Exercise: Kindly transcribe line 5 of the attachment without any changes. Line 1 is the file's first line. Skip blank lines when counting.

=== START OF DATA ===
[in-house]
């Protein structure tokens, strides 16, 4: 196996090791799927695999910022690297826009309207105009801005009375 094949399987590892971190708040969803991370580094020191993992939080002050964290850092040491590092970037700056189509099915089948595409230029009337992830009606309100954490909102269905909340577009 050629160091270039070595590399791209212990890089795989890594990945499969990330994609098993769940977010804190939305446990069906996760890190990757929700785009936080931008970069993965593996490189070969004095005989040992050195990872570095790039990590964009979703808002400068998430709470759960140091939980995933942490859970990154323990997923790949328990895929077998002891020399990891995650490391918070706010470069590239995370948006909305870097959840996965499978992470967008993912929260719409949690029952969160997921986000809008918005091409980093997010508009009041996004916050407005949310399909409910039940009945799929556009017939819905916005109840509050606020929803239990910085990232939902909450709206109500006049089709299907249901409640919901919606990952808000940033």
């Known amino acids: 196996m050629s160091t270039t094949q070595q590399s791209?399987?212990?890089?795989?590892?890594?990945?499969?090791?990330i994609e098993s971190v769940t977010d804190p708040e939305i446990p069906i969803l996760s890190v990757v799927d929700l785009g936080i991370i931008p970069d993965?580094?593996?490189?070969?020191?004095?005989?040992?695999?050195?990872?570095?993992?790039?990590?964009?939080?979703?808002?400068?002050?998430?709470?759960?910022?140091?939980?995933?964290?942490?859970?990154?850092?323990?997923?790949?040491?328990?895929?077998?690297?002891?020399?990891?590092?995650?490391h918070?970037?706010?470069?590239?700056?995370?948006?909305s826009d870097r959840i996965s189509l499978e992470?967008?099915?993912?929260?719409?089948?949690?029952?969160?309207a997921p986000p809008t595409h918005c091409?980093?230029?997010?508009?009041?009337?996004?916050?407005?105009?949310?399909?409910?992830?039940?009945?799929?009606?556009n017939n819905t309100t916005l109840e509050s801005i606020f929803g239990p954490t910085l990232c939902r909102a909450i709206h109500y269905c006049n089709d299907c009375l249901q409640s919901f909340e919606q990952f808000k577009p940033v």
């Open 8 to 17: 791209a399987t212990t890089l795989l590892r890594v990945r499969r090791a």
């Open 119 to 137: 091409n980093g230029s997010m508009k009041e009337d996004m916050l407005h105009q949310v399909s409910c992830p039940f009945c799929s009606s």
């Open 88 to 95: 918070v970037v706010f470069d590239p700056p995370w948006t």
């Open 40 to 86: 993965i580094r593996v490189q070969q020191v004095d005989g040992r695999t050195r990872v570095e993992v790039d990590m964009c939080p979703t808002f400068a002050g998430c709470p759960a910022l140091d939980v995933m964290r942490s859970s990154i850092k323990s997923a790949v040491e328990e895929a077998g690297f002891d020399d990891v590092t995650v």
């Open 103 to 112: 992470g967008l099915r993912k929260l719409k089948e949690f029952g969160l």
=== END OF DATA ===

């Open 119 to 137: 091409n980093g230029s997010m508009k009041e009337d996004m916050l407005h105009q949310v399909s409910c992830p039940f009945c799929s009606s």